Hesterman J.Y.,Bioscan Inc. |
Caucci L.,University of Arizona |
Kupinski M.A.,University of Arizona |
Barrett H.H.,University of Arizona |
Furenlid L.R.,University of Arizona
IEEE Transactions on Nuclear Science | Year: 2010
A fast search algorithm capable of operating in multi-dimensional spaces is introduced. As a sample application, we demonstrate its utility in the 2D and 3D maximum-likelihood position-estimation problem that arises in the processing of PMT signals to derive interaction locations in compact gamma cameras. We demonstrate that the algorithm can be parallelized in pipelines, and thereby efficiently implemented in specialized hardware, such as field-programmable gate arrays (FPGAs). A 2D implementation of the algorithm is achieved in Cell/BE processors, resulting in processing speeds above one million events per second, which is a 20 × increase in speed over a conventional desktop machine. Graphics processing units (GPUs) are used for a 3D application of the algorithm, resulting in processing speeds of nearly 250,000 events per second which is a 250 × increase in speed over a conventional desktop machine. These implementations indicate the viability of the algorithm for use in real-time imaging applications. © 2010 IEEE.
Hu J.,Bioscan Inc. |
Zhang X.-E.,CAS Wuhan Institute of Virology
Journal of Diabetes Science and Technology | Year: 2011
China has become the country with the largest diabetes mellitus population in the world since the 1990s. About 100 million diabetes cases have been diagnosed since 2008. Handheld blood glucose meters and test strips are urgently needed for daily patient measurement. The glucose monitor with a screen-printed carbon-based glucose electrode has been in commercial production since 1994. Since then, approximately 20 companies have been involved in manufacturing and marketing meters and test strips in China. The current market and production volume and updates on technology issues are discussed in this article. © Diabetes Technology Society.
Szanda I.,Kings College London |
Mackewn J.,Kings College London |
Patay G.,Mediso Ltd. |
Major P.,Mediso Ltd. |
And 6 more authors.
Journal of Nuclear Medicine | Year: 2011
The NanoPET/CT represents the latest generation of commercial preclinical PET/CT systems. This article presents a performance evaluation of the PET component of the system according to the National Electrical Manufacturers Association (NEMA) NU-4 2008 standard. Methods: The NanoPET/CT consists of 12 lutetium yttrium orthosilicate:cerium modular detectors forming 1 ring, with 9.5-cm axial coverage and a 16-cm animal port. Each detector crystal is 1.12 x 1.12 x 13 mm, and 1 module contains 81 x 39 of these crystals. An optical light guide transmits the scintillation light to the flat-panel multianode positionsensitive photomultiplier tubes. Analog-to-digital converter cards and a field-programmable gate array-based data-collecting card provide the readout. Spatial resolution, sensitivity, counting rate capabilities, and image quality were evaluated in accordance with the NEMA NU-4 standard. Energy and temporal resolution measurements and a mouse imaging study were performed in addition to the standard. Results: Energy resolution was 19% at 511 keV. The spatial resolution, measured as full width at half maximum on single-slice rebinning/filtered backprojection-reconstructed images, approached 1 mm on the axis and remained below 2.5 mm in the central 5-cm transaxial region both in the axial center and at one-quarter field of view. The maximum absolute sensitivity for a point source at the center of the field of view was 7.7%. The maximum noise equivalent counting rates were 430 kcps at 36 MBq and 130 kcps at 27 MBq for the mouse- and rat-sized phantoms, respectively. The uniformity and recovery coefficients were measured with the image-quality phantom, giving good-quality images. In a mouse study with an 18F-labeled thyroid-specific tracer, the 2 lobes of the thyroid were clearly distinguishable, despite the small size of this organ. The flexible readout system allowed experiments to be performed in an efficient manner, and the system remained stable throughout. Conclusion: The large number of detector crystals, arranged with a fine pitch, results in excellent spatial resolution, which is the best reported for currently available commercial systems. The absolute sensitivity is high over the field of view. Combined with the excellent image quality, these features make the NanoPET/CT a powerful tool for preclinical research. Copyright © 2011 by the Society of Nuclear Medicine, Inc.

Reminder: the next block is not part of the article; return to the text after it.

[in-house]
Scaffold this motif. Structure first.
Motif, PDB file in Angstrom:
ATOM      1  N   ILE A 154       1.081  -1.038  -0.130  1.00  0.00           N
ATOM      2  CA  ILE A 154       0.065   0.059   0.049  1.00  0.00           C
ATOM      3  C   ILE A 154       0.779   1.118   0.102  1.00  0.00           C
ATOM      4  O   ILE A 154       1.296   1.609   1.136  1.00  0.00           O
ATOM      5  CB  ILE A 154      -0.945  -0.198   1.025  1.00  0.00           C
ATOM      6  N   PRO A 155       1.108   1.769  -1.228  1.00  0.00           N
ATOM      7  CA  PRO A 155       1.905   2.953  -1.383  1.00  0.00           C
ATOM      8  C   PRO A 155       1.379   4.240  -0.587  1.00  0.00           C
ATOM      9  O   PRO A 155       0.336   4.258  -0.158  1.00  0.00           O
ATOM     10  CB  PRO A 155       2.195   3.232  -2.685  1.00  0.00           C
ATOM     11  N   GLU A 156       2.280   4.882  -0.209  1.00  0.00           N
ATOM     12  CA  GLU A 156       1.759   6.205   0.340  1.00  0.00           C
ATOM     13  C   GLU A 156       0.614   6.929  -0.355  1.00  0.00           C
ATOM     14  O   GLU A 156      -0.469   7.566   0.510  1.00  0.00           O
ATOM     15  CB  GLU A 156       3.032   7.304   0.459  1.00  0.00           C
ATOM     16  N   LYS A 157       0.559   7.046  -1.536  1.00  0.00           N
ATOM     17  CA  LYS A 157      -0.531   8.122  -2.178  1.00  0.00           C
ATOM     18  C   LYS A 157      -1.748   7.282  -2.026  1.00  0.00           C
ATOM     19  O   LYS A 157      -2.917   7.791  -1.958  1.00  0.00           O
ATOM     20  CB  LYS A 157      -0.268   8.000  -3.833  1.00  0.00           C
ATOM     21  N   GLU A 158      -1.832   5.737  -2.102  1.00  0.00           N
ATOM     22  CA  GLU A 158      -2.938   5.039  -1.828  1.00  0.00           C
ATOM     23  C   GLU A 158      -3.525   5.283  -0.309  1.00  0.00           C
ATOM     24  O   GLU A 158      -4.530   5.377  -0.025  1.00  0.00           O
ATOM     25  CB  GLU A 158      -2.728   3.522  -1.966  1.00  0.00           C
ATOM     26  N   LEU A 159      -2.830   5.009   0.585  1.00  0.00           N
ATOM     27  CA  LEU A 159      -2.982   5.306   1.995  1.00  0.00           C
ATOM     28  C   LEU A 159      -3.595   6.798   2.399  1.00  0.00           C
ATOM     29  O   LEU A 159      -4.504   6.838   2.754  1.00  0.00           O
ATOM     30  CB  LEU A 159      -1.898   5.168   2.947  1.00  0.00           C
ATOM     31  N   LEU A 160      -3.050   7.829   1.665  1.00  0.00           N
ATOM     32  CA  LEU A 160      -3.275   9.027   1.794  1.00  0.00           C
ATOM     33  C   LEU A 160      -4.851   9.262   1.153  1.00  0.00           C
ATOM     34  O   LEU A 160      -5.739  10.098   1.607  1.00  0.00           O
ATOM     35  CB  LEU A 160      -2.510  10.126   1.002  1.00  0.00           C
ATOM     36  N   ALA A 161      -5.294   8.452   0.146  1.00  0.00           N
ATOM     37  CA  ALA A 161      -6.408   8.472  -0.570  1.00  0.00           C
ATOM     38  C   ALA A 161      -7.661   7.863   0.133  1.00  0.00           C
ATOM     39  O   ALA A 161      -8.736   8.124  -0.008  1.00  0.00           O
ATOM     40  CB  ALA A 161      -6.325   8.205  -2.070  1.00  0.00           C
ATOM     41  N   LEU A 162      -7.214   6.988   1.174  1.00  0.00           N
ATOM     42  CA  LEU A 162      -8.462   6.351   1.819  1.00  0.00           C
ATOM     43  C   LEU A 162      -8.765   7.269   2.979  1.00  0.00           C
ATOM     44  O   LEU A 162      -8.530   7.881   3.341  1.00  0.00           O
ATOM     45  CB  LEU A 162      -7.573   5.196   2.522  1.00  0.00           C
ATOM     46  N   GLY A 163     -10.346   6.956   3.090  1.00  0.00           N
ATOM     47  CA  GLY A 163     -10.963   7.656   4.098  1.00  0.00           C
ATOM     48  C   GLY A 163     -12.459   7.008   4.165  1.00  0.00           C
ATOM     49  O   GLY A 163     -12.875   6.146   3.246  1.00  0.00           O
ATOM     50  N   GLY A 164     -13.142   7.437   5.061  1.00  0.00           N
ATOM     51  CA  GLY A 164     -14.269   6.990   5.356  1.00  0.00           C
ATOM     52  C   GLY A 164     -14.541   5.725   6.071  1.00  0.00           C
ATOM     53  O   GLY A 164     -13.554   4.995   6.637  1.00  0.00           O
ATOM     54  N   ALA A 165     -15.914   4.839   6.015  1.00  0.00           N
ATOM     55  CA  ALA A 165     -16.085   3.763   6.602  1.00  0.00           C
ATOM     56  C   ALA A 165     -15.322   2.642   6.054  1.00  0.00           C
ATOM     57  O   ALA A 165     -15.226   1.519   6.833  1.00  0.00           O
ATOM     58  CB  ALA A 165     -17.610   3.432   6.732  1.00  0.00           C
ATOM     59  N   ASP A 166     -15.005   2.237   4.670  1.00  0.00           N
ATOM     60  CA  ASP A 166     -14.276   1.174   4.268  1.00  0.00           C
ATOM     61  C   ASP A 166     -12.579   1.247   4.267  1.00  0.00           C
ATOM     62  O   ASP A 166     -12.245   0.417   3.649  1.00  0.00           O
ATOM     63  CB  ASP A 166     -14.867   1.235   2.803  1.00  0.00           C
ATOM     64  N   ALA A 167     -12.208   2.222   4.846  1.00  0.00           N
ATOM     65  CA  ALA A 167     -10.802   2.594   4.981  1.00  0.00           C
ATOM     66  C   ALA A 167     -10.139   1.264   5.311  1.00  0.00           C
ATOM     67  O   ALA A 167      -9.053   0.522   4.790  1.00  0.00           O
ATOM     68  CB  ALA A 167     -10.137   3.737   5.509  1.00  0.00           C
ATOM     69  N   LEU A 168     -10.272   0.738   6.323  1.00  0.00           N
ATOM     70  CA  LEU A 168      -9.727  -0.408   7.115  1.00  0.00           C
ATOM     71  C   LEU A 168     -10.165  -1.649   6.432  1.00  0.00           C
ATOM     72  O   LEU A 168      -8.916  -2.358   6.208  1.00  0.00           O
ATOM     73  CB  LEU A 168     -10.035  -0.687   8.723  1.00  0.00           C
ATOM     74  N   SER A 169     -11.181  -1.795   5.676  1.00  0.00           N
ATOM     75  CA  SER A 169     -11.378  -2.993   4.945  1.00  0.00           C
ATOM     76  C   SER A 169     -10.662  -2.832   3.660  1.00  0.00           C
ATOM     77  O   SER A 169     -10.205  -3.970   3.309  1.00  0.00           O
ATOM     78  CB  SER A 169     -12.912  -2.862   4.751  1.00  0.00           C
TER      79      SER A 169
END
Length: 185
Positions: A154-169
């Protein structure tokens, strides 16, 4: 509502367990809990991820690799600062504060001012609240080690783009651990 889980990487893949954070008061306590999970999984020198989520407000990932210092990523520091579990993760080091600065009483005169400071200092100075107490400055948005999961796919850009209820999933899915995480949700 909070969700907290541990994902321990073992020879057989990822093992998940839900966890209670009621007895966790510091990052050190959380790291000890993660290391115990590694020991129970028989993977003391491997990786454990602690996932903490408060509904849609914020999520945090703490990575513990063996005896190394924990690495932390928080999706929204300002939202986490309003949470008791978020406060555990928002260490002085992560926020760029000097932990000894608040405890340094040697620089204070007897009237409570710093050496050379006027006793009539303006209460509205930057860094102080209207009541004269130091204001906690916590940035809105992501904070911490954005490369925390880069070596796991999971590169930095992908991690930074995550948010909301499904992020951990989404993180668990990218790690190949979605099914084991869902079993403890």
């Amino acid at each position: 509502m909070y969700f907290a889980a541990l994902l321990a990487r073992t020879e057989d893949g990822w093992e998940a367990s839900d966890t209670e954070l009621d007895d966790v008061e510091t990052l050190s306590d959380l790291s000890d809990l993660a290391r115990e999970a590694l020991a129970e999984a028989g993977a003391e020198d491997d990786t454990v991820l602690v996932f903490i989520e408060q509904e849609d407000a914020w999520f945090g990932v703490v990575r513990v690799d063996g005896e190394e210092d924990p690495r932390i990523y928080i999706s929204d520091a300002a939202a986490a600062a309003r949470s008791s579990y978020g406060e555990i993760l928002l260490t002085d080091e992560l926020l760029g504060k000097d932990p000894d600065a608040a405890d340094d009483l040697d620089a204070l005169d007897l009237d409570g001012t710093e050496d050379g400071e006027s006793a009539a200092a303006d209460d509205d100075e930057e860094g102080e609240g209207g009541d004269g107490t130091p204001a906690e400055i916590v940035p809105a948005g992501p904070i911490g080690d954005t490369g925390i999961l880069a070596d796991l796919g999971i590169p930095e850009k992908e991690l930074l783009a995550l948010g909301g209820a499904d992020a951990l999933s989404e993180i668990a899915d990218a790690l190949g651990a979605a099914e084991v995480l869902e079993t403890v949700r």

Bioscan Inc. | Date: 2012-12-27
Bioscan Inc. | Date: 2012-11-13
Grooming tools for animals incorporating light therapy.